Doomsday: How Will the World End? When Will the World End?
Doomsday and end of the world - scenarios
As soon as man became intelligent enough to realize his own mortality, he broadened his scope to wonder about Doomsday and how the world will end. This isn’t an article about the end of the world in 2012. It’s not about the end of the world or a doomsday according to some religious nuts, either. Not that I have a problem with God. I believe in God, and I also believe in science. I don’t see the two beliefs as diametrically opposed. This article is meant to give readers something to think about: when will the world end, and how will the world end? Will the world as we know it just go on forever, or will it come to an end someday? Will there be some major apocalypse, and if so, what might this apocalypse be?
World War II was often touted as “the war to end all wars.” Of course, we know now that the term was a misnomer. Wars are still occurring on our planet, and mankind is getting better and more efficient with killing. We’ve “progressed” from stone clubs to nuclear warheads to biological and chemical warfare. If these modern marvels were to get out of hand, it could create a doomsday scenario.
I grew up in the sixties, when a nuclear attack from Russia was believed to be a real threat. We even had classes at school that instructed us on survival in case we were bombed. How many nuclear warheads are there now on Earth? As of June 2011, the number was believed to be around 20,500, worldwide, according to the Federation of American Scientists. Of course, that’s just an estimate. Most nations don’t reveal their nuclear secrets.
A single modern U.S. nuclear bomb is about eight times as destructive as the one dropped on Hiroshima. Consider that the U.S has more than 8,000 nuclear warheads, and Russia has even more. Mankind has enough nuclear power to bring about the end of the world.
Will an asteroid cause the end of the world?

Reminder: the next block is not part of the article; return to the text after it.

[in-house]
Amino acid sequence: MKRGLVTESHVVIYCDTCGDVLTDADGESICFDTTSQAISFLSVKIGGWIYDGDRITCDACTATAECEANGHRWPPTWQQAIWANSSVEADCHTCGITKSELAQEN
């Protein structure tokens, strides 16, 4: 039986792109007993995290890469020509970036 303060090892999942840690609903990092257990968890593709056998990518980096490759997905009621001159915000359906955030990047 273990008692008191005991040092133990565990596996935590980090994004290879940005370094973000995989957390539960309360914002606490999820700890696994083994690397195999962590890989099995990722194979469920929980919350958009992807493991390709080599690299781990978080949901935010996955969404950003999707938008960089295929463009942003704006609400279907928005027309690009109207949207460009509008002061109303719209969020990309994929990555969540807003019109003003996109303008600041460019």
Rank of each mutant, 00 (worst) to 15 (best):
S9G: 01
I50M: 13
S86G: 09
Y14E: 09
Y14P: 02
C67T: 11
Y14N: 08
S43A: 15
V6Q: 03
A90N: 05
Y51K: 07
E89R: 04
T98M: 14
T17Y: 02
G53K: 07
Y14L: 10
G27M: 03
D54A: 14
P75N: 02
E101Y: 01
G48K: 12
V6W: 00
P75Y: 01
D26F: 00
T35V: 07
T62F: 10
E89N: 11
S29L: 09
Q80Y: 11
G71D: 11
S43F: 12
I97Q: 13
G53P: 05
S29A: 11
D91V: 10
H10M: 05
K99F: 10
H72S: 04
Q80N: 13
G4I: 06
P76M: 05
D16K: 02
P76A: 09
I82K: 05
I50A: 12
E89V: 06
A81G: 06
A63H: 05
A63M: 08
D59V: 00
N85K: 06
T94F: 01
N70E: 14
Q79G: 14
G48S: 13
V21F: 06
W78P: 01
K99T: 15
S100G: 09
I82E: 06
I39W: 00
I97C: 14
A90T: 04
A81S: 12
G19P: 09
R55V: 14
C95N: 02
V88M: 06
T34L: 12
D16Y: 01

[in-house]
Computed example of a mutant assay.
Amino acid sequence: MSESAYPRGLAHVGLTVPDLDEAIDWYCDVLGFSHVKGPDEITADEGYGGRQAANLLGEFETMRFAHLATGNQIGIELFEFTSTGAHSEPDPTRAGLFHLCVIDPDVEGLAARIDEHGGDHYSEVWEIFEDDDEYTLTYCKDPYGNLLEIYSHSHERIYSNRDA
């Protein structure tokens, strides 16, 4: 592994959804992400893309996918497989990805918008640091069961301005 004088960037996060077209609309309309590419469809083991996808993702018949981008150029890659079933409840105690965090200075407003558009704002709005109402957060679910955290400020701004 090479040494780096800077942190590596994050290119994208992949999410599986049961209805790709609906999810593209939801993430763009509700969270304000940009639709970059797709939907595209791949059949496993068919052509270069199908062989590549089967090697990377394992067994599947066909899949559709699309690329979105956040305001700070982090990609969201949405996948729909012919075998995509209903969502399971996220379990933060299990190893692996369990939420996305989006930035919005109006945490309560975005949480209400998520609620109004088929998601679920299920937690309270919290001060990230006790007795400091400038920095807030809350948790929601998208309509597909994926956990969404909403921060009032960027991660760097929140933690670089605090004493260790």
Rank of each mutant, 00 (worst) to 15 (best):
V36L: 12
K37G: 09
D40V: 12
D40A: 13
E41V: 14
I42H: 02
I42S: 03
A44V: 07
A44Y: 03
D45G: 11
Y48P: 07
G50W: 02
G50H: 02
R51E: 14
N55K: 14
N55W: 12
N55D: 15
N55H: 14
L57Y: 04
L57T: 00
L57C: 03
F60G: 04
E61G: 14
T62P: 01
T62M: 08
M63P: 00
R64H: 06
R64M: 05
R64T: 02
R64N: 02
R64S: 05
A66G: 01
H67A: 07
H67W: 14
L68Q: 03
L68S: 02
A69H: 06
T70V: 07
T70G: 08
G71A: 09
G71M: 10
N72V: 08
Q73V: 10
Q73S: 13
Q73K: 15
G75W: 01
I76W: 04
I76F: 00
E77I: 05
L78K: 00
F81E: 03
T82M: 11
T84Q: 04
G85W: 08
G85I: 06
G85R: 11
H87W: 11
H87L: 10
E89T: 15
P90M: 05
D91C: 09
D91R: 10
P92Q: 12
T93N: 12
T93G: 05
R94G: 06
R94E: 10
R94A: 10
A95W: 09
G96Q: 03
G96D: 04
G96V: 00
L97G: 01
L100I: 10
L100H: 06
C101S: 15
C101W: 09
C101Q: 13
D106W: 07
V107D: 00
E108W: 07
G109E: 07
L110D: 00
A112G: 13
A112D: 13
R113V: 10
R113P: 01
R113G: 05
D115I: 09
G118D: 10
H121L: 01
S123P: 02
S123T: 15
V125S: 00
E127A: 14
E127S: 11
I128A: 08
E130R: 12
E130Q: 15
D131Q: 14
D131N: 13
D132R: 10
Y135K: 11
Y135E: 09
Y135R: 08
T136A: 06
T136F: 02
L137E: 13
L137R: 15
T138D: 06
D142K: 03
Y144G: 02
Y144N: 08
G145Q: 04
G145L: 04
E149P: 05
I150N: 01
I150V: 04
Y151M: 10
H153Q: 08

An asteroid’s collision with Earth is inevitable. It’s happened before, and it will happen again. It’s most likely what destroyed the dinosaurs over sixty million years ago. According to Perry A. Gerakines in Scientific American, a large asteroid collides with our planet about once every hundred million years. If that average holds true, and the last big asteroid hit Earth 65 million years ago, does that mean we’re due for another asteroid catastrophe soon? Of course, the key word here is “soon.”
If a mile-wide asteroid were to impact Earth at 30,000 mph, every life form on our planet would most likely be obliterated, causing an end of the world scenario. Such an asteroid would effectively be the same as a one million megaton bomb. Think this is just science fiction? Think again. An asteroid this size, 1997XF11, is projected to come dangerously close to our blue marble in 2028, which could mean an apocalypse..
Smaller asteroids could be devastating, too. Of course, they would wipe out any life for possibly hundreds of miles from the impact site, and they would also cause huge tidal waves and thick dust clouds that would effectively prevent the sun’s rays from reaching the earth. Depending how thick the dust clouds were, how vast they were, and how long they persisted, it’s possible that they could cause the end of the world.
Will the end of the world be caused by the sun's demise?
Without our sun, there would be no life on Earth, so it would mean the end of the world. And the Sun won’t last forever. According to Donald Brownlee, an astrophysicist, and Peter Ward, a paleontologist, the sun is brighter today than it was eons ago, and it’s getting even brighter. Brownlee explained to ABC News how our atmosphere has managed to make Earth’s temperatures relatively stable, in spite of the fact that the sun’s brightness has increased 30%:
“It's amazing, but the Earth's systems have conspired to do this. As the sun has gotten brighter, the composition of the atmosphere has changed."
Brownlee goes on to explain that while global warming is a short-term concern, the bigger problem is going to be too little carbon dioxide:
“In the short term, that's a big problem, but in the longer term, hundreds of millions of years, it’s a decline of carbon dioxide that’s really the major problem.”
Why will this be a problem? Because plants must have carbon dioxide in order to live, and when the plants die, animals will starve to death. As the sun brightens, grows, and gets hotter, it will become a red giant. Temperatures on our planet will increase so much that all the water on Earth will evaporate, and that includes seawater.
According to some scientists, including Yale University’s Sabatino Sofia, a solar physicist, our sun will eventually become a red supergiant. When that happens, it will explode, sending about 33% of its mass hurtling through space. The earth would be “swallowed up,” and the sun would die. Of course, we don’t have to worry about the world ending anytime soon because of a dying sun. It could, however, answer the question, “How will the world end?”
Will the apocalypse come about due to volcanic winter?